The works were made using a contact-printing technique, meaning Baselitz painted the background of the works and left the figures in the foreground—who are based on Baselitz and his wife—as negative space. 

Until August 8. Gagosian, 7/F, Pedder Building, 12 Pedder St, Central. Find out more at

David Zwirner: Lixia

This group show features works by more than 15 artists, including Yayoi Kusama, Alice Neel, Wolfgang Tillmans, Luc Tuymans and Lisa Yuskavage. It is named after the seventh solar term on traditional East Asian calendars, which historically marks the beginning of summer.

The physical show is accompanied by an online viewing room on David Zwirner's website. To visit the exhibition in person, email to make an appointment. 

From May 5. David Zwirner, 5/F and 6/F H Queen’s, 80 Queen’s Road Central, 2119 5900. Find out more at 

Alisan Fine Arts: Uniquely Hong Kong: A Celebration of Hong Kong Arts

Twenty-eight local artists from across several generations explore the city’s past and present in this show. Among those featured are the late New Ink Movement pioneers Lui Shou-Kwan and Irene Chou, multimedia artist Kum Chi-Keung—most famous for making birdcages using bamboo and steel—and Rosanna Li, who sculpts plump ceramic figures.

Many of the artworks have been made this year, and reflect both the city’s rich history and its current contemporary art boom.

Until September 3. 21/F, 1 Lyndhurst Tower, 1 Lyndhurst Terrace, Central. Find out more at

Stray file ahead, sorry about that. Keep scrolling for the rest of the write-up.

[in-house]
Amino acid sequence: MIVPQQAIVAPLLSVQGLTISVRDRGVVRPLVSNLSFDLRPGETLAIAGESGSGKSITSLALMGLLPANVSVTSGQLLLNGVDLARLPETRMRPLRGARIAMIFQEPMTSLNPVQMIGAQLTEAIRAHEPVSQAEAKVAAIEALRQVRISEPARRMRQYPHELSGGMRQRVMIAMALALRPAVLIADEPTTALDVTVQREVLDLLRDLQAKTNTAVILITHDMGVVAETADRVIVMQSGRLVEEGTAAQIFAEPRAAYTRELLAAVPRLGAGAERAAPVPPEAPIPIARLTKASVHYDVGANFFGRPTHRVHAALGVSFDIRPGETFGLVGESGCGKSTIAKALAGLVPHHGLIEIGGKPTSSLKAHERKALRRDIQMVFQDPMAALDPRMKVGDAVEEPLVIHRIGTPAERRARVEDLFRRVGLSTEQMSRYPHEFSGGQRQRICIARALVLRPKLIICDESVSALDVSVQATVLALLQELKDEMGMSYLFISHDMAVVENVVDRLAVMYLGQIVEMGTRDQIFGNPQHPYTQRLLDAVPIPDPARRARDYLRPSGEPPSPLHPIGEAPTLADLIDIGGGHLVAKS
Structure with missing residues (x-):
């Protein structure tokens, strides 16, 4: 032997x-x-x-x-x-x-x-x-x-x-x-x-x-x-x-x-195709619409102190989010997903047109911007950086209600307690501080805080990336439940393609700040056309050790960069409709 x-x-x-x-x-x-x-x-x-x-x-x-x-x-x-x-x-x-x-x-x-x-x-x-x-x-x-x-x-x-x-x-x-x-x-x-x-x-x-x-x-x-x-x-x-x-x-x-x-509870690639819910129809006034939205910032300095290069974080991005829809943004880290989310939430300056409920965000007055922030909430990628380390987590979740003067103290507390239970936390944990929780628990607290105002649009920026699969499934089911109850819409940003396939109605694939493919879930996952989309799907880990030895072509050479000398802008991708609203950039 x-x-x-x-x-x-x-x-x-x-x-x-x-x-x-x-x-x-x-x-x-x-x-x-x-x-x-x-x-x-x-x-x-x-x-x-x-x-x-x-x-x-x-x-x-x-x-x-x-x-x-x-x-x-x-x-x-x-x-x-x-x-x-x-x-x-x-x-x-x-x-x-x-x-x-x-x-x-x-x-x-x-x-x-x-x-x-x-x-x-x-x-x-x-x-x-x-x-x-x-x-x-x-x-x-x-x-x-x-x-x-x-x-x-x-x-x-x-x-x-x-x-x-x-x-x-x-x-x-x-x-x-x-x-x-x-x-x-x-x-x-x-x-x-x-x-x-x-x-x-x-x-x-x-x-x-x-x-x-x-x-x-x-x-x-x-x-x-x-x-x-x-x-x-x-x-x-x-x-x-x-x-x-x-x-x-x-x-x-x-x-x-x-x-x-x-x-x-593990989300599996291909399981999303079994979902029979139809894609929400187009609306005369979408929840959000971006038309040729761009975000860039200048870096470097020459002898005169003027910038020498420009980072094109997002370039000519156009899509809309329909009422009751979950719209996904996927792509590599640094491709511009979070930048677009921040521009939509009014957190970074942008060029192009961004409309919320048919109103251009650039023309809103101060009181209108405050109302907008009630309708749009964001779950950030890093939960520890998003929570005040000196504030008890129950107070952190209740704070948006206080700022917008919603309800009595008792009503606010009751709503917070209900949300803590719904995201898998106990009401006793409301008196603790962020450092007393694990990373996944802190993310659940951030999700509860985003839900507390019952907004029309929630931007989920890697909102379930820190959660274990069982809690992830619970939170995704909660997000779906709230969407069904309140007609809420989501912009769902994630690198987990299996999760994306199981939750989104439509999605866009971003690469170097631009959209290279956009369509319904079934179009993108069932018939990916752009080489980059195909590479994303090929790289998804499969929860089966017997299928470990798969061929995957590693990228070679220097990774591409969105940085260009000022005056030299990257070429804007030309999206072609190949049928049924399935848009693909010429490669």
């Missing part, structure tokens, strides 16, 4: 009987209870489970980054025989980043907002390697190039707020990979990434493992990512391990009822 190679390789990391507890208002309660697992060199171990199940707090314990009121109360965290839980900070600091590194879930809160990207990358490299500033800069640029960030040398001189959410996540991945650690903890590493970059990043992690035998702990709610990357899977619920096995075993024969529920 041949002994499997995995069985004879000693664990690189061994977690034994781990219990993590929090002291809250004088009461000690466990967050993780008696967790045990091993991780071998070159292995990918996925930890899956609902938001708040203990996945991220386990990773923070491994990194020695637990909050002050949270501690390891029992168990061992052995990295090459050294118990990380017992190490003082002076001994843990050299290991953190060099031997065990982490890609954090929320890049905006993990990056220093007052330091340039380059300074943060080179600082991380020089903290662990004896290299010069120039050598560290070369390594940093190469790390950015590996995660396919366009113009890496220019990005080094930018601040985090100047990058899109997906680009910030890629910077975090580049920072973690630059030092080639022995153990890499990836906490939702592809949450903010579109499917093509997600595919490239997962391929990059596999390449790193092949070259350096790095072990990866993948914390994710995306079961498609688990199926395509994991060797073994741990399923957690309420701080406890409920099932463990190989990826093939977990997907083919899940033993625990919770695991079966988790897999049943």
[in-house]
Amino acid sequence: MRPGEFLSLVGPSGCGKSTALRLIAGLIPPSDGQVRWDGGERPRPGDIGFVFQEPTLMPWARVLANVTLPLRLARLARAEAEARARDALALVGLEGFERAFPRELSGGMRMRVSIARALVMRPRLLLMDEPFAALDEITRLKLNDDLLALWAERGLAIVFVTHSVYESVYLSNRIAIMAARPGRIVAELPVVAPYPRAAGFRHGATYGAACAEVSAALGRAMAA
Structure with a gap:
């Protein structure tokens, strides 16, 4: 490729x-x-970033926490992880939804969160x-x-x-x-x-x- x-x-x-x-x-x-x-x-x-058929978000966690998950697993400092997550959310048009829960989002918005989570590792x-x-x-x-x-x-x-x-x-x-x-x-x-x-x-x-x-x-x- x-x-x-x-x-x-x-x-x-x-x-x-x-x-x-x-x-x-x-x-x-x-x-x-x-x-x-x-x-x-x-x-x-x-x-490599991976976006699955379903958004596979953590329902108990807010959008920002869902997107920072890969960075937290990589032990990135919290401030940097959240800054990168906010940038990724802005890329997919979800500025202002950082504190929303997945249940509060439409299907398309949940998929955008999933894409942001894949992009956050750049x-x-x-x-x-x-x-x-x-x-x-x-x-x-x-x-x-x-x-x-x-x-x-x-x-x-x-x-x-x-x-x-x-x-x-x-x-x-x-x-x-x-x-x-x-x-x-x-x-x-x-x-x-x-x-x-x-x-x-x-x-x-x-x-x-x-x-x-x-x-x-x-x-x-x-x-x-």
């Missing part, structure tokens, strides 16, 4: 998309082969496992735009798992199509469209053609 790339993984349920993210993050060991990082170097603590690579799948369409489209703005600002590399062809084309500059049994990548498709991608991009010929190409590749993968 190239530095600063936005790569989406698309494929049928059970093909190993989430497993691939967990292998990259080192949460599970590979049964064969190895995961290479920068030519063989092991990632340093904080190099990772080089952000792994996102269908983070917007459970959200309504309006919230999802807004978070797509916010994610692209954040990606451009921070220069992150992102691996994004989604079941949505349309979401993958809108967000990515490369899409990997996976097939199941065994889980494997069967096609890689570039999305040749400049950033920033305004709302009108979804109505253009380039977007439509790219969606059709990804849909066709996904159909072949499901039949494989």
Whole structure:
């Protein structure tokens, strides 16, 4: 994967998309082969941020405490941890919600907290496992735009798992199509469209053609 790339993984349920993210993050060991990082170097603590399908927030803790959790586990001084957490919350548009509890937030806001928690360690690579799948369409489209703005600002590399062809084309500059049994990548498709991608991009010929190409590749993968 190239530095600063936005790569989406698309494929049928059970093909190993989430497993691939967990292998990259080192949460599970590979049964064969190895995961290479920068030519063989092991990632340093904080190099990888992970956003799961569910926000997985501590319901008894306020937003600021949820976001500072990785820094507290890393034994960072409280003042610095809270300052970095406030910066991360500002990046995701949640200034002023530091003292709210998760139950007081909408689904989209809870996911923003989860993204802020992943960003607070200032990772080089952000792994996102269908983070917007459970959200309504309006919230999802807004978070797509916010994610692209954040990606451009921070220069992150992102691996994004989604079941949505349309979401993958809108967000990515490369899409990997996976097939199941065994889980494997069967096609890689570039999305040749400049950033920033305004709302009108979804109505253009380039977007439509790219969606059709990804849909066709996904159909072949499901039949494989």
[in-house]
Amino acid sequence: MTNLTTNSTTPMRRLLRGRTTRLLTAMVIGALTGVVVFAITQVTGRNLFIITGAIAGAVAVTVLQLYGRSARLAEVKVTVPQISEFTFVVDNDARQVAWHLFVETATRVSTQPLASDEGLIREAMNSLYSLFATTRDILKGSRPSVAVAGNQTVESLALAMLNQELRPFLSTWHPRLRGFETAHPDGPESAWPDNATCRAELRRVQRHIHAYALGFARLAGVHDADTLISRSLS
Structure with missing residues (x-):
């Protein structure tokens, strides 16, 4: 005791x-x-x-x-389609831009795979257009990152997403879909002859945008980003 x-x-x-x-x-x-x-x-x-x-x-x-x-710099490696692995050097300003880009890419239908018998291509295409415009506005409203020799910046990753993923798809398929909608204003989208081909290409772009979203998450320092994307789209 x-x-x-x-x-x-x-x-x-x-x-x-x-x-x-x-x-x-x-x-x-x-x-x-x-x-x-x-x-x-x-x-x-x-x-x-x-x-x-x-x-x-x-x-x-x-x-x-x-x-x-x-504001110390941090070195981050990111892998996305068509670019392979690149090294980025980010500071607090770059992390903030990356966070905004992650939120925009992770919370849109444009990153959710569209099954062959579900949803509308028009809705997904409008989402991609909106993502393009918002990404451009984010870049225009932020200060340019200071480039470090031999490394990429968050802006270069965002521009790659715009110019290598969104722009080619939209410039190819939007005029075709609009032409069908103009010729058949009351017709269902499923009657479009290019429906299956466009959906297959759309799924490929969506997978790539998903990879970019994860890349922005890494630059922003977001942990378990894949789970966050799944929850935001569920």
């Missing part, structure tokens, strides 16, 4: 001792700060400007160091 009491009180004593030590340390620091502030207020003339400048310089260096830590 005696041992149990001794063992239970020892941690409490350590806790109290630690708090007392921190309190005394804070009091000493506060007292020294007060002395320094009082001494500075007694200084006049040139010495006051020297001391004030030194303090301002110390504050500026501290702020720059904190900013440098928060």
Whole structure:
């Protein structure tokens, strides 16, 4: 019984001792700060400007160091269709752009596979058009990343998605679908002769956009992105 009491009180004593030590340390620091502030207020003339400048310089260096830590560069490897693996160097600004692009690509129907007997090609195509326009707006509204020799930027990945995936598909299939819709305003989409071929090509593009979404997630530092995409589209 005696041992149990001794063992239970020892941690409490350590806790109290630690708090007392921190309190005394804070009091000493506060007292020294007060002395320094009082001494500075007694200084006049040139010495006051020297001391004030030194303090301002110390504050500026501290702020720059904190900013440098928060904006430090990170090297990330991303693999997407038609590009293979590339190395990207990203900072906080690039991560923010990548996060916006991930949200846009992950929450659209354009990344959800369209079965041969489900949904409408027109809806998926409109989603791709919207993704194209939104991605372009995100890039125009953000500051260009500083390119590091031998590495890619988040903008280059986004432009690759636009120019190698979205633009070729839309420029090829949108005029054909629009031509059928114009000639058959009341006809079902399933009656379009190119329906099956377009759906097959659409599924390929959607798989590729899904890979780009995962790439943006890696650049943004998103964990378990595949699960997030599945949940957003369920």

Edouard Malingue Gallery: Yuan Yuan

Urban scenes of all kinds inspires Hangzhou-based artist Yuan Yuan, who previously made highly ordered, sometimes geometric of spaces ranging from grand halls with neo-classical arches to more modest rooms, but is debuting a new series of works in this exhibition. 

Yuan's new paintings merge fantasy and reality, mixing real-life places with his items and locations from his memory.

Until June 27. Edouard Malingue Gallery, 6/F, 33 Des Voeux Road Central. Find out more at

See also: What To See At Unscheduled, Hong Kong's Newest Art Fair

Sovereign Art Foundation Finalists Exhibition

Works by the thirty-one artists who have been shortlisted for this year's Sovereign Asian Art Prize are on show at K11 Atelier King's Road from June 6. 

All the works will be auctioned online from June 3, with the proceeds split between the artists and the Sovereign Art Foundation, which runs arts programmes for disadvantaged children in Hong Kong, Cambodia, Nepal, Mongolia and Vietnam.

June 6—July 19. K11 Atelier King's Road, 728 King's Road, Quarry Bay. Find out more at

White Cube: Encounter: Part 2

Fifteen artists from around the world are featured in this group show at White Cube, among them Tracey Emin, Antony Gormley, Mona Hatoum and Liu Wei. 

The show includes paintings, sculptures, installations and works on paper, and explores how contemporary artists are pushing the boundaries of figuration and abstraction. 

Until July 4. White Cube, 50 Connaught Road, Central. Find out more at

See also: Artist Mona Hatoum: "The World Feels Increasingly Unstable"